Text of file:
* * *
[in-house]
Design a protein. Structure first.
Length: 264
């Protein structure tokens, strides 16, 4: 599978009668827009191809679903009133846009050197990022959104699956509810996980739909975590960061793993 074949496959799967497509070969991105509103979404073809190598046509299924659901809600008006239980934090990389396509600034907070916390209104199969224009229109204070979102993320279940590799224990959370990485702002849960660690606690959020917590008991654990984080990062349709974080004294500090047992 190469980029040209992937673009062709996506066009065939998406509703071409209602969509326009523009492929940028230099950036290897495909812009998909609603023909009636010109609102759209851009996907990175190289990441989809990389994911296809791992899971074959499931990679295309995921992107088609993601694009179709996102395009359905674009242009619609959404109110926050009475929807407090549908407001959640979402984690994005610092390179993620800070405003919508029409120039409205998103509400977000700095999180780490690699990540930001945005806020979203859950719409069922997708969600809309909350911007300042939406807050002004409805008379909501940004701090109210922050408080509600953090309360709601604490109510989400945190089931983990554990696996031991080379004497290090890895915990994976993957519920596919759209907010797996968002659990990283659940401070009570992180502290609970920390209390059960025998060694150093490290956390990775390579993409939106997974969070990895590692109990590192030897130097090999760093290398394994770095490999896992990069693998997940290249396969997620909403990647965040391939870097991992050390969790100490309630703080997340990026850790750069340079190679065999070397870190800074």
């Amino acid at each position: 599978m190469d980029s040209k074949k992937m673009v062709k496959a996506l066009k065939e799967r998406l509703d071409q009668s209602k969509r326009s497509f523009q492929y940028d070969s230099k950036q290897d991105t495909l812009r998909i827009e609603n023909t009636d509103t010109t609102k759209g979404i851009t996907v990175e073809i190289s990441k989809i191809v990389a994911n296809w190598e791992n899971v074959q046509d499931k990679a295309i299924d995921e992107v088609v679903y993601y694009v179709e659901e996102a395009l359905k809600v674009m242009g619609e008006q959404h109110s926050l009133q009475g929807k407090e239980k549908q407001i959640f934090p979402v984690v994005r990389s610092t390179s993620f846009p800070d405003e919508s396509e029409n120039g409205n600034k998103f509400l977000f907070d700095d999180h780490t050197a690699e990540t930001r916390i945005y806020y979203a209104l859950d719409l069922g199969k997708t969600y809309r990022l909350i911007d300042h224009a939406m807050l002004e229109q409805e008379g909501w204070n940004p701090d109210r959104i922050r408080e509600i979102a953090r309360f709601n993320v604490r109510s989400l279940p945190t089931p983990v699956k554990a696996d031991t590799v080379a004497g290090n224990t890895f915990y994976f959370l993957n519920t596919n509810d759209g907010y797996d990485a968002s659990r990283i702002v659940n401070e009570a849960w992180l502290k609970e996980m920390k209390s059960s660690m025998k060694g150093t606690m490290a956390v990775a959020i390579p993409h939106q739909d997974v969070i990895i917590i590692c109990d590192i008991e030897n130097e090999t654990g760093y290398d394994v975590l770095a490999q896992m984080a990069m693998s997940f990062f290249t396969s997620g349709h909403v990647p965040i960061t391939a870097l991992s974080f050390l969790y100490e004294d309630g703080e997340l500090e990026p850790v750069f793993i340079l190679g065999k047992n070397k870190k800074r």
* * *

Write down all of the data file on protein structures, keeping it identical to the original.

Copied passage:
[in-house]
Design a protein. Structure first.
Length: 264
């Protein structure tokens, strides 16, 4: 599978009668827009191809679903009133846009050197990022959104699956509810996980739909975590960061793993 074949496959799967497509070969991105509103979404073809190598046509299924659901809600008006239980934090990389396509600034907070916390209104199969224009229109204070979102993320279940590799224990959370990485702002849960660690606690959020917590008991654990984080990062349709974080004294500090047992 190469980029040209992937673009062709996506066009065939998406509703071409209602969509326009523009492929940028230099950036290897495909812009998909609603023909009636010109609102759209851009996907990175190289990441989809990389994911296809791992899971074959499931990679295309995921992107088609993601694009179709996102395009359905674009242009619609959404109110926050009475929807407090549908407001959640979402984690994005610092390179993620800070405003919508029409120039409205998103509400977000700095999180780490690699990540930001945005806020979203859950719409069922997708969600809309909350911007300042939406807050002004409805008379909501940004701090109210922050408080509600953090309360709601604490109510989400945190089931983990554990696996031991080379004497290090890895915990994976993957519920596919759209907010797996968002659990990283659940401070009570992180502290609970920390209390059960025998060694150093490290956390990775390579993409939106997974969070990895590692109990590192030897130097090999760093290398394994770095490999896992990069693998997940290249396969997620909403990647965040391939870097991992050390969790100490309630703080997340990026850790750069340079190679065999070397870190800074």
């Amino acid at each position: 599978m190469d980029s040209k074949k992937m673009v062709k496959a996506l066009k065939e799967r998406l509703d071409q009668s209602k969509r326009s497509f523009q492929y940028d070969s230099k950036q290897d991105t495909l812009r998909i827009e609603n023909t009636d509103t010109t609102k759209g979404i851009t996907v990175e073809i190289s990441k989809i191809v990389a994911n296809w190598e791992n899971v074959q046509d499931k990679a295309i299924d995921e992107v088609v679903y993601y694009v179709e659901e996102a395009l359905k809600v674009m242009g619609e008006q959404h109110s926050l009133q009475g929807k407090e239980k549908q407001i959640f934090p979402v984690v994005r990389s610092t390179s993620f846009p800070d405003e919508s396509e029409n120039g409205n600034k998103f509400l977000f907070d700095d999180h780490t050197a690699e990540t930001r916390i945005y806020y979203a209104l859950d719409l069922g199969k997708t969600y809309r990022l909350i911007d300042h224009a939406m807050l002004e229109q409805e008379g909501w204070n940004p701090d109210r959104i922050r408080e509600i979102a953090r309360f709601n993320v604490r109510s989400l279940p945190t089931p983990v699956k554990a696996d031991t590799v080379a004497g290090n224990t890895f915990y994976f959370l993957n519920t596919n509810d759209g907010y797996d990485a968002s659990r990283i702002v659940n401070e009570a849960w992180l502290k609970e996980m920390k209390s059960s660690m025998k060694g150093t606690m490290a956390v990775a959020i390579p993409h939106q739909d997974v969070i990895i917590i590692c109990d590192i008991e030897n130097e090999t654990g760093y290398d394994v975590l770095a490999q896992m984080a990069m693998s997940f990062f290249t396969s997620g349709h909403v990647p965040i960061t391939a870097l991992s974080f050390l969790y100490e004294d309630g703080e997340l500090e990026p850790v750069f793993i340079l190679g065999k047992n070397k870190k800074r």